A Listener editorial warns against the inter-generational war that politicians exploit, in particular, Winston Peters.
When it comes to inter-generational warfare, it is up to political leaders to be peace activists. Few debates are more pointless and depleting of nationhood and goodwill than those that involve the crude and sometimes cruel objectification of an entire generation. “Gen Y kids are too sheltered.” ”Baby boomers are greedy.”The discussion about wealth redistribution and the role age plays is an entirely legitimate one. Greece should have engaged in it a long time ago. So I am quite happy for Winston to go about his special pleading for the elderly because it wakes up younger generations to how big government is. What's that saying? A government big enough to give you all you want is a government big enough to take it away, or words to that effect. That has literally come to pass for the Greeks.
None of us has any say over when we are born. Most of us do our best with the set of socio-economic cards we’re dealt. How we get on, singly or en masse, is not even necessarily within our control.
Yet the political rewards of pandering to one generation at the expense of others can be considerable for those wanting to divide and conquer. It’s in this militant vein that New Zealand First leader Winston Peters is attacking attempts to curtail the fiscal burden of SuperGold Card entitlements. He has railed against the Government and local authorities continuing to cap discounts on buses, trains and the Waiheke ferry with a ferocity he should reserve for actual elder abuse.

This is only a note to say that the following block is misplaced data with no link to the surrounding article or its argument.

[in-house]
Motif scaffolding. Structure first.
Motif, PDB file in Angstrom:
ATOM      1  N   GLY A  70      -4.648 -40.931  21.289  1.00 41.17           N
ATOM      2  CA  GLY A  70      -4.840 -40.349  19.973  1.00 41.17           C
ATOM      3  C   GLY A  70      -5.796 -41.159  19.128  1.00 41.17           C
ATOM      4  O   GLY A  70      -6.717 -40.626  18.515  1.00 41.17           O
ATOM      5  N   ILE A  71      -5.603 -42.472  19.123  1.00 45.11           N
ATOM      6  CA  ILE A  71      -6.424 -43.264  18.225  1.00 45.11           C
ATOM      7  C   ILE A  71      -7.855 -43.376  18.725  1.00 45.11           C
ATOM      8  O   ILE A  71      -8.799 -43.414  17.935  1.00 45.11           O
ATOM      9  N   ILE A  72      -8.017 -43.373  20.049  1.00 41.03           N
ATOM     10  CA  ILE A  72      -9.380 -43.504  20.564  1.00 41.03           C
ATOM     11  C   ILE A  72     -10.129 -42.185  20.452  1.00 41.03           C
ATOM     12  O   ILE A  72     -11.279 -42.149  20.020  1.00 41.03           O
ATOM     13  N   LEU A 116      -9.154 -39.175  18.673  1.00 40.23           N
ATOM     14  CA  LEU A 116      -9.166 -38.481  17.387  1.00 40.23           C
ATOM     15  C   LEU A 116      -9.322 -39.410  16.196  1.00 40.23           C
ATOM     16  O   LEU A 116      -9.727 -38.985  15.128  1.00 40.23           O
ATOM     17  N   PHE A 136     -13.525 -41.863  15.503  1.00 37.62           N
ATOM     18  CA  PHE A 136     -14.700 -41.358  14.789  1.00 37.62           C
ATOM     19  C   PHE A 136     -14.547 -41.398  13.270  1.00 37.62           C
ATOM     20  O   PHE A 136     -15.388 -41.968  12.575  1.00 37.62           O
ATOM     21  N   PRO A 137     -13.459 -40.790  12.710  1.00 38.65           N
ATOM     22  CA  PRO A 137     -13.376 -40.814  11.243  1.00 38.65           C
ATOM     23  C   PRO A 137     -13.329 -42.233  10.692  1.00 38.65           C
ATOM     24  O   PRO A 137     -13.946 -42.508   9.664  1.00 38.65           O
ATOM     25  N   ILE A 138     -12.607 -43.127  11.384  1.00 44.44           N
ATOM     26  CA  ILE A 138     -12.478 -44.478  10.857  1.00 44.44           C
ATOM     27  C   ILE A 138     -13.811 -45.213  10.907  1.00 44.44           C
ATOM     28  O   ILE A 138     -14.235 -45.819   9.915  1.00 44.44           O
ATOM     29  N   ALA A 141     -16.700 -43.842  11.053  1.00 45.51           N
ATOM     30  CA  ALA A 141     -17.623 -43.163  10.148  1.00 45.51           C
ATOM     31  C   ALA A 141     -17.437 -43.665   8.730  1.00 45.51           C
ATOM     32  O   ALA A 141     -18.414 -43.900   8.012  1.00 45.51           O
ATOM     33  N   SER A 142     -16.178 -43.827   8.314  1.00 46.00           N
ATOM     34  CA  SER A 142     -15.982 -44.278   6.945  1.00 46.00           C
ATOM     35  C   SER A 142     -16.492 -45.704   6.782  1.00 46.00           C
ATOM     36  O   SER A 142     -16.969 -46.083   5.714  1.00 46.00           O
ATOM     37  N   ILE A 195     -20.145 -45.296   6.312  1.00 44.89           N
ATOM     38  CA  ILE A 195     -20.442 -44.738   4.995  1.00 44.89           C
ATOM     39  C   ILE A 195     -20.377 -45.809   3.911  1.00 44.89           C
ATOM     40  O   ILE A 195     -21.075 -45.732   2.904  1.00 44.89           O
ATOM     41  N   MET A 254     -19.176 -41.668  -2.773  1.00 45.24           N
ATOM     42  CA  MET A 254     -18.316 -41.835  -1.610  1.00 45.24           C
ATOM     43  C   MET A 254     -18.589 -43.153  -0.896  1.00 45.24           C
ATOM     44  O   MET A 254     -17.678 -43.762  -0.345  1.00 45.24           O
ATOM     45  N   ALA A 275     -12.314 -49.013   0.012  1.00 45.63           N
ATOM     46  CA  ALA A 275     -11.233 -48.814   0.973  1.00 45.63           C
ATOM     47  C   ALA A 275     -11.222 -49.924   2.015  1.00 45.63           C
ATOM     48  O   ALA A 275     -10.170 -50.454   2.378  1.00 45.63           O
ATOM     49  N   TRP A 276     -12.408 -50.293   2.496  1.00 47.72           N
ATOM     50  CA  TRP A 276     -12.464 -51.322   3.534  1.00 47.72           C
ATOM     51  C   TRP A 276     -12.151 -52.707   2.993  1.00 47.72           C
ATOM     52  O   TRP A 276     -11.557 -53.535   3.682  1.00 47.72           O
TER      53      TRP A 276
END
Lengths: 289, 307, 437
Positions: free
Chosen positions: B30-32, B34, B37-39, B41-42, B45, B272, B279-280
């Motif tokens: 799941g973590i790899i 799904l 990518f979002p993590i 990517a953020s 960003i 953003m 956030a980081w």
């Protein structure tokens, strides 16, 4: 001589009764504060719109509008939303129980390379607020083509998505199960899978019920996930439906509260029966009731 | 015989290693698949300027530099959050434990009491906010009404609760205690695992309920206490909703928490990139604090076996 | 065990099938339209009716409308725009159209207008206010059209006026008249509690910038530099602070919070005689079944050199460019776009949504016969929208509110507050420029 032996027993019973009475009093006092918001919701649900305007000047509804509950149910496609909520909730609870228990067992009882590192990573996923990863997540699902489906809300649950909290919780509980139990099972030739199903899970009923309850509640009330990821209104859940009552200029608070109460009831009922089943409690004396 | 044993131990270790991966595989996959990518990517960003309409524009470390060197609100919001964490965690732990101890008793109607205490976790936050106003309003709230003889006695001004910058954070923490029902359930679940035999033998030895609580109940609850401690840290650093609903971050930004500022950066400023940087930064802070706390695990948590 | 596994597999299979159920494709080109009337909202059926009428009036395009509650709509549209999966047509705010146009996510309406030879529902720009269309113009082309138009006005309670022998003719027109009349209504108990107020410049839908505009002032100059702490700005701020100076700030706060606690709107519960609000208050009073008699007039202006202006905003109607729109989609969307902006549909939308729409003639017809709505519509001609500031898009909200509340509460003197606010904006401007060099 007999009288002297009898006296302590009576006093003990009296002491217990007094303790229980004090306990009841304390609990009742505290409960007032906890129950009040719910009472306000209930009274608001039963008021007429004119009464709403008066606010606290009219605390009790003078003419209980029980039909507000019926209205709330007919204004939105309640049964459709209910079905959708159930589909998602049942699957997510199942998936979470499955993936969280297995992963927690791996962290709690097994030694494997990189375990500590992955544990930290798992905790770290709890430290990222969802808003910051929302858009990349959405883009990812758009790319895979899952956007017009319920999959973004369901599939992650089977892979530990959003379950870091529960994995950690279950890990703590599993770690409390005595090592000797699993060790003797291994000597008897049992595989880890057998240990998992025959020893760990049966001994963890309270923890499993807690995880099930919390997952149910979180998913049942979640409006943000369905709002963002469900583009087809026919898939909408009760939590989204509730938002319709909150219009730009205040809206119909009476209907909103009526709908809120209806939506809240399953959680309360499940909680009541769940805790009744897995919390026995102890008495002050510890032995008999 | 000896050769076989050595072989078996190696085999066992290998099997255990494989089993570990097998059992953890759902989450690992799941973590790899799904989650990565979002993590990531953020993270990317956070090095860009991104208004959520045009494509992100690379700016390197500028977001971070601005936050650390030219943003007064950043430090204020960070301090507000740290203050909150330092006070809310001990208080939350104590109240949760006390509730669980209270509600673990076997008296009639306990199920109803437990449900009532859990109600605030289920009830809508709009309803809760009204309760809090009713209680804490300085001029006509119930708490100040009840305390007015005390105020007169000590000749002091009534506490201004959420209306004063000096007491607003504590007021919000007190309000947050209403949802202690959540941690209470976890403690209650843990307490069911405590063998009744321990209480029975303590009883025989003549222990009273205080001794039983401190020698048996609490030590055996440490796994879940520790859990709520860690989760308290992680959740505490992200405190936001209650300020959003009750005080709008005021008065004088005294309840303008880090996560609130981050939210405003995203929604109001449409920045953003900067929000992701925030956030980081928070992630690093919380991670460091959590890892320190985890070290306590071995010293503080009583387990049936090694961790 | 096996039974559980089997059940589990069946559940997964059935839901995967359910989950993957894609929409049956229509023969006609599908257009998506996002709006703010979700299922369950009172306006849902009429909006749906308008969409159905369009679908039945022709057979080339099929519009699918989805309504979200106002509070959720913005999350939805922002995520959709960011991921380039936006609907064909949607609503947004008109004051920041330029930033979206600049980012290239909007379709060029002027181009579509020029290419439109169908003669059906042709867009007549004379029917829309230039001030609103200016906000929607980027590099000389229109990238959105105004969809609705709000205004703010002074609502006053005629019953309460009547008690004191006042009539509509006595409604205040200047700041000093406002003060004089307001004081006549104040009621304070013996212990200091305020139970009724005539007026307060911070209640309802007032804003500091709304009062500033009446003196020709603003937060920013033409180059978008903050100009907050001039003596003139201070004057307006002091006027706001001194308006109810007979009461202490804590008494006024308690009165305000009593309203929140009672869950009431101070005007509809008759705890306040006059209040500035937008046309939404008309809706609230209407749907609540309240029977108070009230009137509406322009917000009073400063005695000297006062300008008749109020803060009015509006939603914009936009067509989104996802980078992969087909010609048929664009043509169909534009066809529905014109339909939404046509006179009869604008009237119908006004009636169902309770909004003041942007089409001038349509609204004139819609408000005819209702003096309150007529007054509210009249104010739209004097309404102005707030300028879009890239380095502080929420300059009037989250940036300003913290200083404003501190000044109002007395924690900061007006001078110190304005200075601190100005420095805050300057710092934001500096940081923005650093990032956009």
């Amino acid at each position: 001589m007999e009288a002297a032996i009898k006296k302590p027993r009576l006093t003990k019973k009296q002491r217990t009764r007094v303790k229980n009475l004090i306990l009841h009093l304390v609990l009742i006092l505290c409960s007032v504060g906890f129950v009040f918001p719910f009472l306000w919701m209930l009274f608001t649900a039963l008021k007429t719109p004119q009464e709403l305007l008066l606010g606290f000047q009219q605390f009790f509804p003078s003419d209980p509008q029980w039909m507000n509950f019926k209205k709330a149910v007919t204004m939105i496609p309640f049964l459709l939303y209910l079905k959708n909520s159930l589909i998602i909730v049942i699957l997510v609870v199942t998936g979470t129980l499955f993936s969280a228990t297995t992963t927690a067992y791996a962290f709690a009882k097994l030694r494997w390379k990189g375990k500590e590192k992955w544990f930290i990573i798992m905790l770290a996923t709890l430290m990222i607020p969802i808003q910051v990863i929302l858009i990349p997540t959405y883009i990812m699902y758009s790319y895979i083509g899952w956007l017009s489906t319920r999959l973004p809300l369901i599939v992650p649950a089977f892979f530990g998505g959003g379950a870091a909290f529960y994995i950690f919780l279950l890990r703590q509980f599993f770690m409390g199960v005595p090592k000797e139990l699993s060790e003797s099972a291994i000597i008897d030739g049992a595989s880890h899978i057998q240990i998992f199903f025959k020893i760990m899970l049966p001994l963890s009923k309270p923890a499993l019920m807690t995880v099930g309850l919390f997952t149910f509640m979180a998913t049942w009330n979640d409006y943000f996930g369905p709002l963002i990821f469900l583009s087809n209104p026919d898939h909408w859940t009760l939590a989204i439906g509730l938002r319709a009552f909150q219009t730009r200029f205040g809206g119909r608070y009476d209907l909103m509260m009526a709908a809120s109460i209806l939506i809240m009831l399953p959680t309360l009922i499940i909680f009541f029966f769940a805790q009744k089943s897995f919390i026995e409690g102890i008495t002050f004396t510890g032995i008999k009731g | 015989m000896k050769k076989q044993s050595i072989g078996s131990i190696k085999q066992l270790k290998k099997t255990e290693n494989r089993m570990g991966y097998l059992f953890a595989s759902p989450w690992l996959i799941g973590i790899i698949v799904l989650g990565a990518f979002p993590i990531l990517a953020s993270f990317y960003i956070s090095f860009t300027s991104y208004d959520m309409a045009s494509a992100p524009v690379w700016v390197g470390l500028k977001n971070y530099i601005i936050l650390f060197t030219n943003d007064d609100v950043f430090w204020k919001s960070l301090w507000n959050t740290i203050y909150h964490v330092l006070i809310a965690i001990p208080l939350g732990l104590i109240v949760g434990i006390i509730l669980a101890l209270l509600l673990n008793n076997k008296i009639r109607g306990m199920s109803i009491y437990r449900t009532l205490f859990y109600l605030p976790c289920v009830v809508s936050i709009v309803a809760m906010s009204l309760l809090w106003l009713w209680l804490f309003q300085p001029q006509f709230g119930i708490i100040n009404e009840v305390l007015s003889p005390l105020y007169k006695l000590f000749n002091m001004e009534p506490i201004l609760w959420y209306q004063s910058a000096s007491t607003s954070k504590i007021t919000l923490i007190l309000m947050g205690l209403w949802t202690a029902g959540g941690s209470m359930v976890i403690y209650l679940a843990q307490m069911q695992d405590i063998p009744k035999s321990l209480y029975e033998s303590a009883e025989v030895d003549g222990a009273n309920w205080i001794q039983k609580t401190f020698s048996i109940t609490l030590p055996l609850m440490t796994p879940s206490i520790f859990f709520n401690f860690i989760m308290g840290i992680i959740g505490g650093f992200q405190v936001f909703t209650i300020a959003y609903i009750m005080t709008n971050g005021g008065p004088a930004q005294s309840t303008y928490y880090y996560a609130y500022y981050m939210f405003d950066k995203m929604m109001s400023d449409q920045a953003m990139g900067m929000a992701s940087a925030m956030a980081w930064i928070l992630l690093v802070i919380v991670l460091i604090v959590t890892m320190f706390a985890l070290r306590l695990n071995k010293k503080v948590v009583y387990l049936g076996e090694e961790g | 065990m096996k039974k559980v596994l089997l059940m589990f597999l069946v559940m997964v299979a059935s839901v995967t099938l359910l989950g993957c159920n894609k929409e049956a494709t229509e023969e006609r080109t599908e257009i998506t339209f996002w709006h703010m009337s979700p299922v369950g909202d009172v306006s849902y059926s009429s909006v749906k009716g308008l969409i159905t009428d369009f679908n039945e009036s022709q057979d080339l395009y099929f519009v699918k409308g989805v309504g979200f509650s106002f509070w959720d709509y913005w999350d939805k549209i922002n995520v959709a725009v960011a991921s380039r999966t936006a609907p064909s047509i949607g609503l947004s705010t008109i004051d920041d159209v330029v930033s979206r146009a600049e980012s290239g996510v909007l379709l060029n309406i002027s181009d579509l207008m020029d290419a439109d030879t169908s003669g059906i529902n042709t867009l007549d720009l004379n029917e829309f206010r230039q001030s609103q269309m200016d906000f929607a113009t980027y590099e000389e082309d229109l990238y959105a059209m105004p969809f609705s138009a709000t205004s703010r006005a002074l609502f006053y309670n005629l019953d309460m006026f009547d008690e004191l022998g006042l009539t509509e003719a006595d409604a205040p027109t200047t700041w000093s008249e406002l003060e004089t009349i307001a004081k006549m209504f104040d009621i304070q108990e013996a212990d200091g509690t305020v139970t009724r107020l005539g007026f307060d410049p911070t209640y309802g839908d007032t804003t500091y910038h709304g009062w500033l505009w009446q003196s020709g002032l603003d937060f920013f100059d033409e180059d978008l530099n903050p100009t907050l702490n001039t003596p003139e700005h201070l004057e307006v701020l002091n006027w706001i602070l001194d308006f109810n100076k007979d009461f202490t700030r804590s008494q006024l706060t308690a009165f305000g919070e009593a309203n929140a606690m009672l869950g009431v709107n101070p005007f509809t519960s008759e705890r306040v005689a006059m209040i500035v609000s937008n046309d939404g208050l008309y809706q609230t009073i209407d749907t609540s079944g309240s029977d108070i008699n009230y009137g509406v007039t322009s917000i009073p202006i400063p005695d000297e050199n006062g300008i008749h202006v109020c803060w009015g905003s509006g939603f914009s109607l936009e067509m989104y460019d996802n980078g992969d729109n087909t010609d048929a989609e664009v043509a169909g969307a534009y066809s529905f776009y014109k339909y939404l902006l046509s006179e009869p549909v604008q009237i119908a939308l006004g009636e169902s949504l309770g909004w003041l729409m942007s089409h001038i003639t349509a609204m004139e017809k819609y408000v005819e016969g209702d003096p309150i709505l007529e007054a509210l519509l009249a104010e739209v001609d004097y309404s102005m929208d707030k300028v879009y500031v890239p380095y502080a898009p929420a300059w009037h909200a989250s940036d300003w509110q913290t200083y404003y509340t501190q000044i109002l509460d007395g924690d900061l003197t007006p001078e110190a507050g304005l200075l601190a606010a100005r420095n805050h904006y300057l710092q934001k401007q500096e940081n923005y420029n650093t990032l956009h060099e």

To be fair, this is political territory he has legitimately carved out for himself. He has long made a virtue of defending the rights of the over-sixties, and they have rewarded him with a remarkably consistent show of support over his 22 years as New Zealand First founder and leader. His extraction from the Clark Labour Government of a scheme to give those aged 65 and older free non-peak travel on public transport is perhaps his crowning achievement. The card is a busy fulcrum for other discounts, and pensioners appreciate both the gesture and increasingly the reality of free daytime travel.
But they, and Peters in his influential advocacy, have a wider duty to consider the fair limits of these benefits. Yes, free travel does help reduce the isolation and loneliness older people can suffer. Over time they may lose the ability to drive; their network of friends shrinks; their partners die. Few New Zealanders would begrudge the very real benefits of a SuperGold Card subsidy.
However, in vigorously decrying the notion of any limits to this bounty, Peters and the grey lobby are inviting a nasty backlash. As with so many pithy social-equity debates, Auckland is ground zero for resentment. When Lycra-clad retirees are highly visible touring Waiheke vineyards on their pricey bicycles at taxpayers’ expense, while young families are struggling to heat their homes and afford fares to work and school, something has to give. Does the baby-boom generation really want to invoke the wrath of younger taxpayers, who could one day choose to turn off the superannuation tap?
I did have another fleeting thought about inter generational resentment and family members being pitched against one another. It was sparked by a comment on the article. Within the group of 65+ there are actually two different generations. two generations very unlike each other. In fact there may even be 3 at the margins. It is entirely possible someone over 100 (there are apparently more than five hundred) has a grand child collecting Super. There's a thought.